Unfulfilled Promises

During the Reconstruction Era following the American Civil War, three constitutional amendments were enacted to improve the lives of African Americans. The Thirteenth Amendment banned slavery. The Fourteenth Amendment barred states from denying “equal protection of the laws.” The Fifteenth Amendment established that the right to vote could not be denied on the basis of race. 

Despite these protections, African Americans, particularly those residing in southern states, faced significant obstacles to voting. Jim Crow, a system of laws and attitudes that legitimized anti-black racism and the belief in black inferiority, was used to make African Americans second-class citizens, segregate public facilities, and prevent them from gaining political power. African Americans faced bureaucratic restrictions, such as poll taxes and literacy tests, as well as intimidation and physical violence while registering and attempting to vote.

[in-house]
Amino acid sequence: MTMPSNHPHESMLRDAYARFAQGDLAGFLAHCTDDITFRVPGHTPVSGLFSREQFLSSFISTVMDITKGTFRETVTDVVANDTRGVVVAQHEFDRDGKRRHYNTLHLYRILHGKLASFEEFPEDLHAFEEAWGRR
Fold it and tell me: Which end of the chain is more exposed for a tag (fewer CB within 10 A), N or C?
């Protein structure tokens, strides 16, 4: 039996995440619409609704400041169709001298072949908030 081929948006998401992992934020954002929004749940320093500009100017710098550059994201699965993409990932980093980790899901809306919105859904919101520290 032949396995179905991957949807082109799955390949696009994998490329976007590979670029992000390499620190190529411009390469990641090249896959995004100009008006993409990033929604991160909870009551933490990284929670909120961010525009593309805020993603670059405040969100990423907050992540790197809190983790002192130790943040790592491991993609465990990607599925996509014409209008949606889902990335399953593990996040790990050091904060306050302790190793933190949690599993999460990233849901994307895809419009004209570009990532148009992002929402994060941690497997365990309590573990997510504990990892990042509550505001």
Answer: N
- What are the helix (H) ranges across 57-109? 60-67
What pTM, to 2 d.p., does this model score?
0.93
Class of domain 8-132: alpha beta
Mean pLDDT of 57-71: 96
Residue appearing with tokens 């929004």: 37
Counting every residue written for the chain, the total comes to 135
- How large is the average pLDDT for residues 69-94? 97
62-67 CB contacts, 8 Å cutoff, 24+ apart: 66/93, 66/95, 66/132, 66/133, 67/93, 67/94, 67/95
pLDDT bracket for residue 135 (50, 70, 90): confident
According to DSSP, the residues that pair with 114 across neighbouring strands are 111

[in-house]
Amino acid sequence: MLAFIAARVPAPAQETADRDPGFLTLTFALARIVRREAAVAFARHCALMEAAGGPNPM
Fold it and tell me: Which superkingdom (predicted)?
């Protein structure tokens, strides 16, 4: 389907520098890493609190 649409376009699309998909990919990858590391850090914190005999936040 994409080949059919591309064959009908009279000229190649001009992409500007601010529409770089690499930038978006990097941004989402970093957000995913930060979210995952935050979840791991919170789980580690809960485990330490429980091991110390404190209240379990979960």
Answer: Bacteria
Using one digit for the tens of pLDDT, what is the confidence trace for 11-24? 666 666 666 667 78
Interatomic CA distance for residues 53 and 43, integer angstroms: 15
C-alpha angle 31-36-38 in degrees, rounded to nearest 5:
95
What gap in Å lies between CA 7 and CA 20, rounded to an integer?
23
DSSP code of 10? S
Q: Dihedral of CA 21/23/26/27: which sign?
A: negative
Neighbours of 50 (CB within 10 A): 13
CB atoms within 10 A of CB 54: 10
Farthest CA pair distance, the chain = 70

Little was done at the federal level to enforce Reconstruction Era laws, including the Fifteenth Amendment. Dedicated activists in the mid-twentieth century forced the nation to pay closer attention to civil rights. 

Each year from 1945 to 1956, Congress attempted–but failed–to pass a civil rights bill. It finally passed the Civil Rights Acts of 1957, 1960, and 1964, but none of these laws was strong enough to prevent voting discrimination at the local level. 

In December 1964, the Southern Christian Leadership Conference announced it would begin a voting campaign to register African Americans in Selma, Alabama. The violence that occurred during this campaign underscored the need for federal voting rights legislation. 

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